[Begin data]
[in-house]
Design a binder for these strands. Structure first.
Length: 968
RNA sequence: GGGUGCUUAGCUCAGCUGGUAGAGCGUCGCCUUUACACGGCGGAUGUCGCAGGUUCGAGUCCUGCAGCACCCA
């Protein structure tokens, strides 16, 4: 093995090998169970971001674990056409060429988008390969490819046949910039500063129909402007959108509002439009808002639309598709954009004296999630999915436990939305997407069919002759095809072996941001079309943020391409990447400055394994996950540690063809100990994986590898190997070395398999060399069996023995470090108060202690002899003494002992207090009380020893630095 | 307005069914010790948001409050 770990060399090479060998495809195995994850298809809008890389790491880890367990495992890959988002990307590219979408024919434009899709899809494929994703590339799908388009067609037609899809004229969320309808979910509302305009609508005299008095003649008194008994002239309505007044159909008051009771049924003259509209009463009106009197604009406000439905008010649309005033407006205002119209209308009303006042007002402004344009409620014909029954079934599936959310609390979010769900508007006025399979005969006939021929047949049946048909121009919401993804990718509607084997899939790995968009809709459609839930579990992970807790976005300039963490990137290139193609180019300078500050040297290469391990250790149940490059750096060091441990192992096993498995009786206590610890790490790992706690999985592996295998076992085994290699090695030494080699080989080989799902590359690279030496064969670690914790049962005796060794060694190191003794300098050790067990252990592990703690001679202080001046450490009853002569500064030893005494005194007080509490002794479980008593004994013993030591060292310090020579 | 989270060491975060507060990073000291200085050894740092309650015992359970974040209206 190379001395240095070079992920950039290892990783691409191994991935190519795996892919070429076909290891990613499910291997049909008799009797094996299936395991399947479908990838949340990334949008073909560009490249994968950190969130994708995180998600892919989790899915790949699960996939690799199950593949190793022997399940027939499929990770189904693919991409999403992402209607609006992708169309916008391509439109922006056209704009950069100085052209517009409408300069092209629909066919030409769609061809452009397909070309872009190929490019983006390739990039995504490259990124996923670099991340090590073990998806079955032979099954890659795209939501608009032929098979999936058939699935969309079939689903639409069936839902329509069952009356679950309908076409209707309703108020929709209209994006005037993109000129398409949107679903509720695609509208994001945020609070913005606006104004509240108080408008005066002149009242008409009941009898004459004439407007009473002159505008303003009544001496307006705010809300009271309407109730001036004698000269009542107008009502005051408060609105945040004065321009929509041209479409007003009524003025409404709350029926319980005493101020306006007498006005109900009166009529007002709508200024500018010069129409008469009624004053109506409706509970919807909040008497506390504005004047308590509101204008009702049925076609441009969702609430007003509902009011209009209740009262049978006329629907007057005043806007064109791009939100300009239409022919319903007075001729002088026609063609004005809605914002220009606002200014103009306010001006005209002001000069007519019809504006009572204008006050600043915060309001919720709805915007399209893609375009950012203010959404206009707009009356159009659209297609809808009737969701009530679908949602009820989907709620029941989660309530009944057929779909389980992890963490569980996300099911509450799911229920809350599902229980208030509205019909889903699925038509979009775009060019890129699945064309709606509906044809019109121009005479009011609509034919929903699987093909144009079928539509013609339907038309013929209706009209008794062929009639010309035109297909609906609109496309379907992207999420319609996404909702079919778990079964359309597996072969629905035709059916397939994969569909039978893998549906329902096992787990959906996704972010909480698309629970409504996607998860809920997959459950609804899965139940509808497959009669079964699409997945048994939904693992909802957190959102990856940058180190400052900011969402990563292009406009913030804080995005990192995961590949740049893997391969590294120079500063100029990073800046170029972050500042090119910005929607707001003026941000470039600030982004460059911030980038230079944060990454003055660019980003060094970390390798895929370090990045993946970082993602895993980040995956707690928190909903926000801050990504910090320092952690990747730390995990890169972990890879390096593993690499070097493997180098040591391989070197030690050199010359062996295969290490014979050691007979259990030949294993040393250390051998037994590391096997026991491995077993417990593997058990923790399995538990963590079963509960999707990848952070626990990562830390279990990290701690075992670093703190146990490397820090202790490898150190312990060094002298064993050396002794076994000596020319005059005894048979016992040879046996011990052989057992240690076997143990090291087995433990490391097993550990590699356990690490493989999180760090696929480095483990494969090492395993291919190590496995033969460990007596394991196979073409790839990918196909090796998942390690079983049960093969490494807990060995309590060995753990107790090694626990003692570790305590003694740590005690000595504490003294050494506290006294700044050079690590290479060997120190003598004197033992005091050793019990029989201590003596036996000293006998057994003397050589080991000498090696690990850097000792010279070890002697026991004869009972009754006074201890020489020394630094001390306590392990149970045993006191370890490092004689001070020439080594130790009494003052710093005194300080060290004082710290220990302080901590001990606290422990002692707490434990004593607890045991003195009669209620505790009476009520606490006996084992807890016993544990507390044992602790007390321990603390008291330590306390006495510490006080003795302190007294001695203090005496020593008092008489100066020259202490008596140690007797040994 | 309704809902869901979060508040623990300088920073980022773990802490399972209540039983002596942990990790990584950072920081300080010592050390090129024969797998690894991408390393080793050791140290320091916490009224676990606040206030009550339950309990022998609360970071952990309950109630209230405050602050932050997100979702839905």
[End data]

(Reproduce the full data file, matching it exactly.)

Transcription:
[in-house]
Design a binder for these strands. Structure first.
Length: 968
RNA sequence: GGGUGCUUAGCUCAGCUGGUAGAGCGUCGCCUUUACACGGCGGAUGUCGCAGGUUCGAGUCCUGCAGCACCCA
């Protein structure tokens, strides 16, 4: 093995090998169970971001674990056409060429988008390969490819046949910039500063129909402007959108509002439009808002639309598709954009004296999630999915436990939305997407069919002759095809072996941001079309943020391409990447400055394994996950540690063809100990994986590898190997070395398999060399069996023995470090108060202690002899003494002992207090009380020893630095 | 307005069914010790948001409050 770990060399090479060998495809195995994850298809809008890389790491880890367990495992890959988002990307590219979408024919434009899709899809494929994703590339799908388009067609037609899809004229969320309808979910509302305009609508005299008095003649008194008994002239309505007044159909008051009771049924003259509209009463009106009197604009406000439905008010649309005033407006205002119209209308009303006042007002402004344009409620014909029954079934599936959310609390979010769900508007006025399979005969006939021929047949049946048909121009919401993804990718509607084997899939790995968009809709459609839930579990992970807790976005300039963490990137290139193609180019300078500050040297290469391990250790149940490059750096060091441990192992096993498995009786206590610890790490790992706690999985592996295998076992085994290699090695030494080699080989080989799902590359690279030496064969670690914790049962005796060794060694190191003794300098050790067990252990592990703690001679202080001046450490009853002569500064030893005494005194007080509490002794479980008593004994013993030591060292310090020579 | 989270060491975060507060990073000291200085050894740092309650015992359970974040209206 190379001395240095070079992920950039290892990783691409191994991935190519795996892919070429076909290891990613499910291997049909008799009797094996299936395991399947479908990838949340990334949008073909560009490249994968950190969130994708995180998600892919989790899915790949699960996939690799199950593949190793022997399940027939499929990770189904693919991409999403992402209607609006992708169309916008391509439109922006056209704009950069100085052209517009409408300069092209629909066919030409769609061809452009397909070309872009190929490019983006390739990039995504490259990124996923670099991340090590073990998806079955032979099954890659795209939501608009032929098979999936058939699935969309079939689903639409069936839902329509069952009356679950309908076409209707309703108020929709209209994006005037993109000129398409949107679903509720695609509208994001945020609070913005606006104004509240108080408008005066002149009242008409009941009898004459004439407007009473002159505008303003009544001496307006705010809300009271309407109730001036004698000269009542107008009502005051408060609105945040004065321009929509041209479409007003009524003025409404709350029926319980005493101020306006007498006005109900009166009529007002709508200024500018010069129409008469009624004053109506409706509970919807909040008497506390504005004047308590509101204008009702049925076609441009969702609430007003509902009011209009209740009262049978006329629907007057005043806007064109791009939100300009239409022919319903007075001729002088026609063609004005809605914002220009606002200014103009306010001006005209002001000069007519019809504006009572204008006050600043915060309001919720709805915007399209893609375009950012203010959404206009707009009356159009659209297609809808009737969701009530679908949602009820989907709620029941989660309530009944057929779909389980992890963490569980996300099911509450799911229920809350599902229980208030509205019909889903699925038509979009775009060019890129699945064309709606509906044809019109121009005479009011609509034919929903699987093909144009079928539509013609339907038309013929209706009209008794062929009639010309035109297909609906609109496309379907992207999420319609996404909702079919778990079964359309597996072969629905035709059916397939994969569909039978893998549906329902096992787990959906996704972010909480698309629970409504996607998860809920997959459950609804899965139940509808497959009669079964699409997945048994939904693992909802957190959102990856940058180190400052900011969402990563292009406009913030804080995005990192995961590949740049893997391969590294120079500063100029990073800046170029972050500042090119910005929607707001003026941000470039600030982004460059911030980038230079944060990454003055660019980003060094970390390798895929370090990045993946970082993602895993980040995956707690928190909903926000801050990504910090320092952690990747730390995990890169972990890879390096593993690499070097493997180098040591391989070197030690050199010359062996295969290490014979050691007979259990030949294993040393250390051998037994590391096997026991491995077993417990593997058990923790399995538990963590079963509960999707990848952070626990990562830390279990990290701690075992670093703190146990490397820090202790490898150190312990060094002298064993050396002794076994000596020319005059005894048979016992040879046996011990052989057992240690076997143990090291087995433990490391097993550990590699356990690490493989999180760090696929480095483990494969090492395993291919190590496995033969460990007596394991196979073409790839990918196909090796998942390690079983049960093969490494807990060995309590060995753990107790090694626990003692570790305590003694740590005690000595504490003294050494506290006294700044050079690590290479060997120190003598004197033992005091050793019990029989201590003596036996000293006998057994003397050589080991000498090696690990850097000792010279070890002697026991004869009972009754006074201890020489020394630094001390306590392990149970045993006191370890490092004689001070020439080594130790009494003052710093005194300080060290004082710290220990302080901590001990606290422990002692707490434990004593607890045991003195009669209620505790009476009520606490006996084992807890016993544990507390044992602790007390321990603390008291330590306390006495510490006080003795302190007294001695203090005496020593008092008489100066020259202490008596140690007797040994 | 309704809902869901979060508040623990300088920073980022773990802490399972209540039983002596942990990790990584950072920081300080010592050390090129024969797998690894991408390393080793050791140290320091916490009224676990606040206030009550339950309990022998609360970071952990309950109630209230405050602050932050997100979702839905």